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[edited by: tedster at 8:00 pm (utc) on Feb 26, 2011]
But, I believe that Google now prefers sites with a much higher percentage of "valuable" pages. If you don't meet the percentage value determination, whatever that is, you get whacked.
In the mean time, we would encourage all Webmasters to REPORT SPAM to Google
Do you sell a branded product or service? Or are you simply writing a little on a lot of subjects for the sole purpose of luring visitors to your ads? That's a content farm in my book, and they've become a dime a dozen. I know it's hard to accept when you've spent 10 years spinning content to lure in users and search engines, but that's no longer working. Bury you head in the sand and believe in your business model or adapt. It looks like way too many people bought that "get rich quick on Google" ebook.
I doubt you can compare yourself to CNN. Their original content is frequently the source of many content farms. That and true authority sites. If you're writing tens of thousands of one page articles and surrounding the with ads, face it, you've built a content farm and complaining about losing ground is pointless.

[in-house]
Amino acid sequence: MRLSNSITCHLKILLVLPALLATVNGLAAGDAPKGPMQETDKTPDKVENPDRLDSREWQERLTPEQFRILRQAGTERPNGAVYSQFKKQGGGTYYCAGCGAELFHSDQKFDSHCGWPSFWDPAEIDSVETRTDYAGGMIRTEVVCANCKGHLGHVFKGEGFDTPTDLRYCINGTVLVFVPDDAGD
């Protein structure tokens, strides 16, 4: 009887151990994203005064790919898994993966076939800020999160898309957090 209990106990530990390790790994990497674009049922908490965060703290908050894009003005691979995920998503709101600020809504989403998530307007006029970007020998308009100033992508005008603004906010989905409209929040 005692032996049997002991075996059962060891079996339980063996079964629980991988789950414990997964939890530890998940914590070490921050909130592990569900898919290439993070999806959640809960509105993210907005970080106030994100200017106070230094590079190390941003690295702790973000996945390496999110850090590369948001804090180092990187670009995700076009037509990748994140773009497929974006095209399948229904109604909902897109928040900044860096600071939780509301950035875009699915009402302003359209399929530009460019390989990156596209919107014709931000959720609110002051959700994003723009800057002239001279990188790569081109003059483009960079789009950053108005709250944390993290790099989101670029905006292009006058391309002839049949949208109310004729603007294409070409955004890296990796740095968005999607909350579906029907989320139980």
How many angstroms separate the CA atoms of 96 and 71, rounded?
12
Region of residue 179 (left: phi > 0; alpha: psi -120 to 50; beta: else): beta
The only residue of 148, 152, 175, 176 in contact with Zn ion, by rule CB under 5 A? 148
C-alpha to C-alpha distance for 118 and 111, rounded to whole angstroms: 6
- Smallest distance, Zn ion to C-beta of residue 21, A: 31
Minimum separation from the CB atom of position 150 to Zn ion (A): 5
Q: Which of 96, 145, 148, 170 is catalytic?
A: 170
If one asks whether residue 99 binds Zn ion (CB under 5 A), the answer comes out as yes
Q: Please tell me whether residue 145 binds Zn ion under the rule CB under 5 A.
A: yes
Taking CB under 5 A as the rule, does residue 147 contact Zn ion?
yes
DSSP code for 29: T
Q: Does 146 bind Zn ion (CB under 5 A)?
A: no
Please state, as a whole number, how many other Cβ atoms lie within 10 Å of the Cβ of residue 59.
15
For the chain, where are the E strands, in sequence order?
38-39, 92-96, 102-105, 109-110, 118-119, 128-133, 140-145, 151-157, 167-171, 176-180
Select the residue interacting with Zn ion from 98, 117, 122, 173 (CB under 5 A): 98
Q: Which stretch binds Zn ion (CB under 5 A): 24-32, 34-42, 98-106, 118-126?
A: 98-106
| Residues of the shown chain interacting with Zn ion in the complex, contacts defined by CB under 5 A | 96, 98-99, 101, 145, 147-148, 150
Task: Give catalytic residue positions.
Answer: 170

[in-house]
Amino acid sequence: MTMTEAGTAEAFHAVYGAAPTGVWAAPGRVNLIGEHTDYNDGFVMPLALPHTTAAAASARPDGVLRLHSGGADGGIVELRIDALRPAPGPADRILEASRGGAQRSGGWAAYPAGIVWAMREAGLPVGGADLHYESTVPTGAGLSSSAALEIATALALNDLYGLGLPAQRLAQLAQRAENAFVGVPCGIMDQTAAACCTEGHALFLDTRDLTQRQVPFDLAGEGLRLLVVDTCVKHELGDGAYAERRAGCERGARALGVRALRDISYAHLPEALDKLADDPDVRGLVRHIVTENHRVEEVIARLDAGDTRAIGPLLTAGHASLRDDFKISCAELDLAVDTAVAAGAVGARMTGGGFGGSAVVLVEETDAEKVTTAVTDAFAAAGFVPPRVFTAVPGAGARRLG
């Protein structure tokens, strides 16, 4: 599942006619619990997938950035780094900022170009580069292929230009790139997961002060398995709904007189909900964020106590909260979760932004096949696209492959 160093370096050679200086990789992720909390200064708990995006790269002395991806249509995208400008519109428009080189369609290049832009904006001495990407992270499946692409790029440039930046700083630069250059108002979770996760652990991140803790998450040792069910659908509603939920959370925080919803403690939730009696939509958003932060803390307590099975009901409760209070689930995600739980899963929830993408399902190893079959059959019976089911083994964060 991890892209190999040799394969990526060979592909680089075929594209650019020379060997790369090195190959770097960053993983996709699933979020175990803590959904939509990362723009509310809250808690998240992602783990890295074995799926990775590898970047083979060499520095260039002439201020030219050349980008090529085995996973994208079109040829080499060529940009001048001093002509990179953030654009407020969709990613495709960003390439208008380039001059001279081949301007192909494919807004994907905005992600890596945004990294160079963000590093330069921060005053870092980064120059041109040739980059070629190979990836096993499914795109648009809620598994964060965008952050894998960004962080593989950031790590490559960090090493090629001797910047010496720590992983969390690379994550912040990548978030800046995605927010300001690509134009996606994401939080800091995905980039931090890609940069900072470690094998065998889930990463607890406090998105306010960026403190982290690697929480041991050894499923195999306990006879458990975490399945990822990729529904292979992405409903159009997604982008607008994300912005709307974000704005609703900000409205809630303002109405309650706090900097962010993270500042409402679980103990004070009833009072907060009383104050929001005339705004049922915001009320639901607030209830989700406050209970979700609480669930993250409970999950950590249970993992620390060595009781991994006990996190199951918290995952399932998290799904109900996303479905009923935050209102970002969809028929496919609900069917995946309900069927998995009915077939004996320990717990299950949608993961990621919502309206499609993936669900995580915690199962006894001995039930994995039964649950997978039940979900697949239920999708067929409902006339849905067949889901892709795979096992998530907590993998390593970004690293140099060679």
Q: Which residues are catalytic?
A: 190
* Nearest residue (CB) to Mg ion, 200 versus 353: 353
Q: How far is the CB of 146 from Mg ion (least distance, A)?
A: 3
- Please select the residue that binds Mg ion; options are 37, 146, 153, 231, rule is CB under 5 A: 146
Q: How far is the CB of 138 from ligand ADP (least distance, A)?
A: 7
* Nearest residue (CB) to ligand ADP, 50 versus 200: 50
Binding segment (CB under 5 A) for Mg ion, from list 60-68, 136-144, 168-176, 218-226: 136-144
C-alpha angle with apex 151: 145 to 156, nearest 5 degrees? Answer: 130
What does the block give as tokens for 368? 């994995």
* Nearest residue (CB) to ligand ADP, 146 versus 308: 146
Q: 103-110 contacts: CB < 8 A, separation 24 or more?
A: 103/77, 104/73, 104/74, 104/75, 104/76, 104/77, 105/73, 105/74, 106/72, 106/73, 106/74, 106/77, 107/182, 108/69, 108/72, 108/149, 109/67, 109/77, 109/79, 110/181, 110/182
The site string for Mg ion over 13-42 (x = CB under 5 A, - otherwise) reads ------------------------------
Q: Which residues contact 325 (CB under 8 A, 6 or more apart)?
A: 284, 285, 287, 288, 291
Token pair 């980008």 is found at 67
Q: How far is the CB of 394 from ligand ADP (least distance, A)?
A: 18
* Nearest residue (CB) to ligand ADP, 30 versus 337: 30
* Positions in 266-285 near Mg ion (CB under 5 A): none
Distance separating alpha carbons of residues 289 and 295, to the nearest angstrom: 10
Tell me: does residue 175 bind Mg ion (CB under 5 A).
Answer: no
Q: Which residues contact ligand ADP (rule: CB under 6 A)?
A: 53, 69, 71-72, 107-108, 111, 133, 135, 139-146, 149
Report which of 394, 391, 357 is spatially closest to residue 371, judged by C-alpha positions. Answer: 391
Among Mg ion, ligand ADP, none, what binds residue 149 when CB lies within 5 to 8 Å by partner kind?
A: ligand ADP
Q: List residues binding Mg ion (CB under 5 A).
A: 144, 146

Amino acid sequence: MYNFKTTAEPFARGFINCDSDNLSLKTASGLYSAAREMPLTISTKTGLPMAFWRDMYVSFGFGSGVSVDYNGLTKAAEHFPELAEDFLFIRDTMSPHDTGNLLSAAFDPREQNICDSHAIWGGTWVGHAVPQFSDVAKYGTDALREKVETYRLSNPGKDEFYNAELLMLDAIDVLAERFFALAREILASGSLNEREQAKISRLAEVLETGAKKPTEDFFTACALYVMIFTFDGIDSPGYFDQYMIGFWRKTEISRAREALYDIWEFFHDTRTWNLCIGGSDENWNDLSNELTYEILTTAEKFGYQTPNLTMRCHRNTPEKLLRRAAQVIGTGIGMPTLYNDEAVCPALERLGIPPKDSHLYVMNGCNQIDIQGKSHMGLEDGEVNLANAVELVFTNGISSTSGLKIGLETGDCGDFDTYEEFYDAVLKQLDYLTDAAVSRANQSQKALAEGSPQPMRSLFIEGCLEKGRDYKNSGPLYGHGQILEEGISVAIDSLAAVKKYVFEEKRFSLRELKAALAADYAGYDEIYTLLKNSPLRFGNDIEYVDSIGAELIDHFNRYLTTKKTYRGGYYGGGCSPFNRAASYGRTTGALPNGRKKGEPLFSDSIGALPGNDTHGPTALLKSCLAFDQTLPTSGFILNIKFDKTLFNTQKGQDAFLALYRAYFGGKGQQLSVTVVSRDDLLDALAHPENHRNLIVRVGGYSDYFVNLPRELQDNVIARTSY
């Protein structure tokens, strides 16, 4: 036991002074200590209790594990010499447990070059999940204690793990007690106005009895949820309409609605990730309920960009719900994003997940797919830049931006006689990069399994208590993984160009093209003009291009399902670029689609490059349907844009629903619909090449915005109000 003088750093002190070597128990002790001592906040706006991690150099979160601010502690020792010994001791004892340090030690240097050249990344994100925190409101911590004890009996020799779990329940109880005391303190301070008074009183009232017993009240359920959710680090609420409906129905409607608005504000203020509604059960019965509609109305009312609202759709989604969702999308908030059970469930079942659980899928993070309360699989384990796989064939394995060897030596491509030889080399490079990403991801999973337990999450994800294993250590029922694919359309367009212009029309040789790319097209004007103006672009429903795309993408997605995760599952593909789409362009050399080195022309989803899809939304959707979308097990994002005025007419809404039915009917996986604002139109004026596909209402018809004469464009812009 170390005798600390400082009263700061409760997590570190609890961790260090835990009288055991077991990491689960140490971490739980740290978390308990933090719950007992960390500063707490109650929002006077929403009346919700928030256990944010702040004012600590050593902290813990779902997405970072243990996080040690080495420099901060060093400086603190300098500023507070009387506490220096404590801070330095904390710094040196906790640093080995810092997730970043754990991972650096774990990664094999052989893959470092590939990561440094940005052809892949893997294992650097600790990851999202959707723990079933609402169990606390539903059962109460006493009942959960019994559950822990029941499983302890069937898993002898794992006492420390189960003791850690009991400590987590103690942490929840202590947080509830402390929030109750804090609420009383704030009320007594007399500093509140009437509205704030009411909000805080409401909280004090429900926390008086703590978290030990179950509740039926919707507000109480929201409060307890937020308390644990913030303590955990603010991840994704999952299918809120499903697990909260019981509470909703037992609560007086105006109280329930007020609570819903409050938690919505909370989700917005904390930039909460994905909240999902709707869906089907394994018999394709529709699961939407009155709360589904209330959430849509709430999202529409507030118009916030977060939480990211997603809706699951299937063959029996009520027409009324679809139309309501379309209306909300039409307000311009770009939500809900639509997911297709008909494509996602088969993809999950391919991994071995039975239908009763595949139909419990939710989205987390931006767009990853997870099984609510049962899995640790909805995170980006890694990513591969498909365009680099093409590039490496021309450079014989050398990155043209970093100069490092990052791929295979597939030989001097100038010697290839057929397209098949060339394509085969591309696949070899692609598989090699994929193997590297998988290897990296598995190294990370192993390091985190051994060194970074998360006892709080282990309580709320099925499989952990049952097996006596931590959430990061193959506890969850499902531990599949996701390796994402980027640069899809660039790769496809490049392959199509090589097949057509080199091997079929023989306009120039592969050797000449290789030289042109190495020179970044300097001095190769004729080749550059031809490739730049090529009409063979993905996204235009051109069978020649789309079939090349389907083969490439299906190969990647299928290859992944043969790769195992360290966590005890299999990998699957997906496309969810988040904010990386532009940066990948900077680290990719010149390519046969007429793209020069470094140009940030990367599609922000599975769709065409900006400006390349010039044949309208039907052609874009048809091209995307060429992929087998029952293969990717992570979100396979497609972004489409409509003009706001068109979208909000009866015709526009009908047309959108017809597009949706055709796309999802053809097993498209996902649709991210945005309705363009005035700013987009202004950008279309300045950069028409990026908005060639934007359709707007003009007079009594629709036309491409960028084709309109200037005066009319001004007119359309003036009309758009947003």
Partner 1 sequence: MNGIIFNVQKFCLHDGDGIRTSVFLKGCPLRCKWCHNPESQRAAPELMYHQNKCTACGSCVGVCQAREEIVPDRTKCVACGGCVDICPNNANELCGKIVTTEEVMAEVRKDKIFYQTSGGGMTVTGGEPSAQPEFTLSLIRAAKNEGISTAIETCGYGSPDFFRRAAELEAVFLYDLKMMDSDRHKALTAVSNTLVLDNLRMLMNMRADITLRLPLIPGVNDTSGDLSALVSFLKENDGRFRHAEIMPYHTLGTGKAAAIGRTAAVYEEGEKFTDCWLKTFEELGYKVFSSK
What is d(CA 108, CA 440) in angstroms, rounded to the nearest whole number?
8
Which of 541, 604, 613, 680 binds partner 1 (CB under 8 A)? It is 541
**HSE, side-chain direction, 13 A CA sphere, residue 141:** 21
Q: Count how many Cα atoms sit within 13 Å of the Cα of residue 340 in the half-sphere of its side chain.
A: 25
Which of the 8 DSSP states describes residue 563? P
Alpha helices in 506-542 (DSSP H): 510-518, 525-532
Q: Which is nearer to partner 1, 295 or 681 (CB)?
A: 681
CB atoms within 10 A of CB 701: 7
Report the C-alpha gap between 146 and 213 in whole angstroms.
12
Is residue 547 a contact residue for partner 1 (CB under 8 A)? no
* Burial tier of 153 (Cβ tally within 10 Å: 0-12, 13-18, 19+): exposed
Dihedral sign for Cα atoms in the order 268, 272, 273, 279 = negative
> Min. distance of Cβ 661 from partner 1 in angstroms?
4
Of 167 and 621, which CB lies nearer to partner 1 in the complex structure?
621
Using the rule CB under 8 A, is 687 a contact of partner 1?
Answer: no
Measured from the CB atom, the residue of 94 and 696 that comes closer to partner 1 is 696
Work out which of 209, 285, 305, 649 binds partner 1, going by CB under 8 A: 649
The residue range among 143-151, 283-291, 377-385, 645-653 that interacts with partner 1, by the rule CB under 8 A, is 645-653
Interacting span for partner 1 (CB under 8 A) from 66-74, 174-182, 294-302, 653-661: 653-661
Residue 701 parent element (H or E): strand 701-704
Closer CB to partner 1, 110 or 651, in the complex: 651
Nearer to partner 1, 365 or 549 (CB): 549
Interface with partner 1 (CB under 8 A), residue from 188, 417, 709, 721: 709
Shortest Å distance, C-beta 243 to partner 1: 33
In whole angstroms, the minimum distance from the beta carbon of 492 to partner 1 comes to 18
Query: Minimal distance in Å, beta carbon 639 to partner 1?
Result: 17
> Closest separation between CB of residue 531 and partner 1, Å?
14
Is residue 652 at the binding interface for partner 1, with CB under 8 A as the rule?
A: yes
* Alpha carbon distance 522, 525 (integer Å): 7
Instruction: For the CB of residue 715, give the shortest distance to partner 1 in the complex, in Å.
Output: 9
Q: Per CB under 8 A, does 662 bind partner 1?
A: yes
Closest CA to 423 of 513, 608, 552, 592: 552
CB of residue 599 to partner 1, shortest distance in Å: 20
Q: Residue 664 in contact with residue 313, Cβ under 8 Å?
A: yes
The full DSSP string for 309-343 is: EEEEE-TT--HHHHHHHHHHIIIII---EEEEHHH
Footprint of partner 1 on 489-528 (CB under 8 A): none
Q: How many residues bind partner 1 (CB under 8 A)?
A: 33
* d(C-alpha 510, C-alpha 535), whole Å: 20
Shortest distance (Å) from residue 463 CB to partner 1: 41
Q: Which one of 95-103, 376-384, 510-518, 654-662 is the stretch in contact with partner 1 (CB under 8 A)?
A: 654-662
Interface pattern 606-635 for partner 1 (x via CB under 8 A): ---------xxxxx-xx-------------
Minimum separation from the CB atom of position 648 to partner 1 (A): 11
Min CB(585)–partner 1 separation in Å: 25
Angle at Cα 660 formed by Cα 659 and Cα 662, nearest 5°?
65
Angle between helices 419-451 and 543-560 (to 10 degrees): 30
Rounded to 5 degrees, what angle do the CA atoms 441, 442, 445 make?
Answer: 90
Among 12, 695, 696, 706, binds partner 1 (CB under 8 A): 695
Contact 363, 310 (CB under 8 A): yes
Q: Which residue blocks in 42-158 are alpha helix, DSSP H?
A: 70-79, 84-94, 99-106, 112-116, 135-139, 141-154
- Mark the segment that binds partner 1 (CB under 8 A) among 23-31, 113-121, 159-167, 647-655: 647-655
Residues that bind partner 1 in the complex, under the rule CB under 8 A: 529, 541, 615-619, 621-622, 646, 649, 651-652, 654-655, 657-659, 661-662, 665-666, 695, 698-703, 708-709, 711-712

What's interesting to me about this update is that affiliate websites with very low level content seem to have been untouched in the same genres as larger websites.
This tells me that the update was focused on websites which do not target a single niche, regardless of how "granular" the taxonomy in the website is.
What does Wikihow know about horse riding - nothing
1 get on horse,
2 move forward,
3 dont fall off,
Total rubbish answer with a load of adverts on the page.
Anyone interested in more hard data on the sites that lost out in the Farm update?
Many articles republished a short extract of data that was mined by the German company Sistrix. The full list of the 300 websites that lost the highest number of keyword rankings is now available online as a Google doc spreadsheet.